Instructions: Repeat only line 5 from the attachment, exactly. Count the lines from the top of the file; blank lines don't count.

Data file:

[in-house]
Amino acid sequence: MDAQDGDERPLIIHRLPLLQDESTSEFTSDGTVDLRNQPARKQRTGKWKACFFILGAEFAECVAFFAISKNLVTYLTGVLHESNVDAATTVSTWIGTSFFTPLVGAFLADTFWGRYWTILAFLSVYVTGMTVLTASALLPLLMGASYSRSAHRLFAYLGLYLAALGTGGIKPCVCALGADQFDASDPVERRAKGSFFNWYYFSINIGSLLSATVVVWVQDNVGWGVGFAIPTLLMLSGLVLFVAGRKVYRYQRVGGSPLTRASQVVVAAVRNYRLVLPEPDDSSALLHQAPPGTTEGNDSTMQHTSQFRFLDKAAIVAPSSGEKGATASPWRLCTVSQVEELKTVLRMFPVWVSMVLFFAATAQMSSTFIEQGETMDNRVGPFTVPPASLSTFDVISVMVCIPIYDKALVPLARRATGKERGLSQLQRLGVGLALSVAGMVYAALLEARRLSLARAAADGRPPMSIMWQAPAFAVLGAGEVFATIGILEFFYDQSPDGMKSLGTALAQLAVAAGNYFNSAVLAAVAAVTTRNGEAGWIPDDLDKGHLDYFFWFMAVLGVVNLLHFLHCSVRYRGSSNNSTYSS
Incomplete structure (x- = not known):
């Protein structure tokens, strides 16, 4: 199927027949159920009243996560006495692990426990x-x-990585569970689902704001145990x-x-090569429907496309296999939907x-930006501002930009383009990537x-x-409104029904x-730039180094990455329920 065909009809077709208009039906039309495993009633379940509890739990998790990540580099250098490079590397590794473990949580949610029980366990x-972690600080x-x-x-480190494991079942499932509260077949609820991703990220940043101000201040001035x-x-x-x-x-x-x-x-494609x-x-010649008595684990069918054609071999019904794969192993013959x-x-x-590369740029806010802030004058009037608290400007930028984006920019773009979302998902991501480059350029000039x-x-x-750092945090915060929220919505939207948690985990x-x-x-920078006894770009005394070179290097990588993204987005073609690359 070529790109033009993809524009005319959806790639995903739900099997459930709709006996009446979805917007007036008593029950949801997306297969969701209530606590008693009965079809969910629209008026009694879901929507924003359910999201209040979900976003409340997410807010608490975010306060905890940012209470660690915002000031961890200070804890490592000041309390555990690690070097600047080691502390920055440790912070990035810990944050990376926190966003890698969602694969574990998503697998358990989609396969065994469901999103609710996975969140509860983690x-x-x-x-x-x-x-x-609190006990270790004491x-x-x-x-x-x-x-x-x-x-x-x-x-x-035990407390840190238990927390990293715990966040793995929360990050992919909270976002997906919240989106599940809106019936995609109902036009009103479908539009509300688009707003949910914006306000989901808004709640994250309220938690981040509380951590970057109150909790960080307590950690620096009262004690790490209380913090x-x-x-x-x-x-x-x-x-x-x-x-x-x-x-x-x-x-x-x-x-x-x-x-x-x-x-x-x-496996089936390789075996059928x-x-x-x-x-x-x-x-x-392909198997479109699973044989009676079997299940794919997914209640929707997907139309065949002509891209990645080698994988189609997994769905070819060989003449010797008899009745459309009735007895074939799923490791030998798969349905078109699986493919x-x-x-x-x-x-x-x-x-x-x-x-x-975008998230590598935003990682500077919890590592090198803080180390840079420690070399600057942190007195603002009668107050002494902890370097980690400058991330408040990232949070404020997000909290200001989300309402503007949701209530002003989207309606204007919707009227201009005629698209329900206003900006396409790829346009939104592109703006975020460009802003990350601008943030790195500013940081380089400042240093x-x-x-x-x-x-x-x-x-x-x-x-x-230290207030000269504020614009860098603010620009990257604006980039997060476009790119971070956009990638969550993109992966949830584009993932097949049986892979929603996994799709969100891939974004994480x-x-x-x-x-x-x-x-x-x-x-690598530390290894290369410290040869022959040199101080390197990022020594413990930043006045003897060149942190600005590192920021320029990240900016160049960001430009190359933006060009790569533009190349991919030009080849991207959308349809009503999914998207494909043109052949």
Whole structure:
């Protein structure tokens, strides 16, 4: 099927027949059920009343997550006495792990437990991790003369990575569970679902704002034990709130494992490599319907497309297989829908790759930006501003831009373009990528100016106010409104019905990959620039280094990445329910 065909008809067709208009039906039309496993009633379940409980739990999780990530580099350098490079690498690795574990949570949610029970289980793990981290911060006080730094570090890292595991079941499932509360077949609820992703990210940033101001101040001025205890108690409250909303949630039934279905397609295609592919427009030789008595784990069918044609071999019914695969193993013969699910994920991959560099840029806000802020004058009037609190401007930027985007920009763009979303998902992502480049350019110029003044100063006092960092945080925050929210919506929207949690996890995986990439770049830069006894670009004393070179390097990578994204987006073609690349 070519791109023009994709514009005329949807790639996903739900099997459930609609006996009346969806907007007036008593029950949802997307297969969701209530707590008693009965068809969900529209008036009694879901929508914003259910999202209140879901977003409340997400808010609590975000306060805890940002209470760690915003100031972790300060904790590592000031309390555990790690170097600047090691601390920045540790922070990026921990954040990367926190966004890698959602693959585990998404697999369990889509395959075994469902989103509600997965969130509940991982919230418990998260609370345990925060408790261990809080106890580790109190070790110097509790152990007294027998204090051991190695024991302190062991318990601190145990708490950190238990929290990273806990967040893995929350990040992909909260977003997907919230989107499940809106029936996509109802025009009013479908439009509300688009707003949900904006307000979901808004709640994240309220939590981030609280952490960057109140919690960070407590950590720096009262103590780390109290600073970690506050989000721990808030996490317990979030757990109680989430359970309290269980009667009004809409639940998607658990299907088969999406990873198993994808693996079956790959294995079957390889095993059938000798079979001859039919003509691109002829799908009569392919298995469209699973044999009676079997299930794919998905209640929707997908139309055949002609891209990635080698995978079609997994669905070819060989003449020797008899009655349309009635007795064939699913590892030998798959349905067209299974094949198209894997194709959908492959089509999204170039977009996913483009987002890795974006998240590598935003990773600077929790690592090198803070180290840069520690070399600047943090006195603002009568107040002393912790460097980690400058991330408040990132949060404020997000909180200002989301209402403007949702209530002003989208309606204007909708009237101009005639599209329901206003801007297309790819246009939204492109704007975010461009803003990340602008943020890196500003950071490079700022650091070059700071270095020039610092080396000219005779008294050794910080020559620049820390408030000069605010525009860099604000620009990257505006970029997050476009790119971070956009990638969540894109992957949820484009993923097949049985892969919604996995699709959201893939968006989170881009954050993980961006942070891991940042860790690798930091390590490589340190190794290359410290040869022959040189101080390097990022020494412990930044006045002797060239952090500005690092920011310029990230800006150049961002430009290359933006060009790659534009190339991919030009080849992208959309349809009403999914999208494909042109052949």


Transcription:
Whole structure: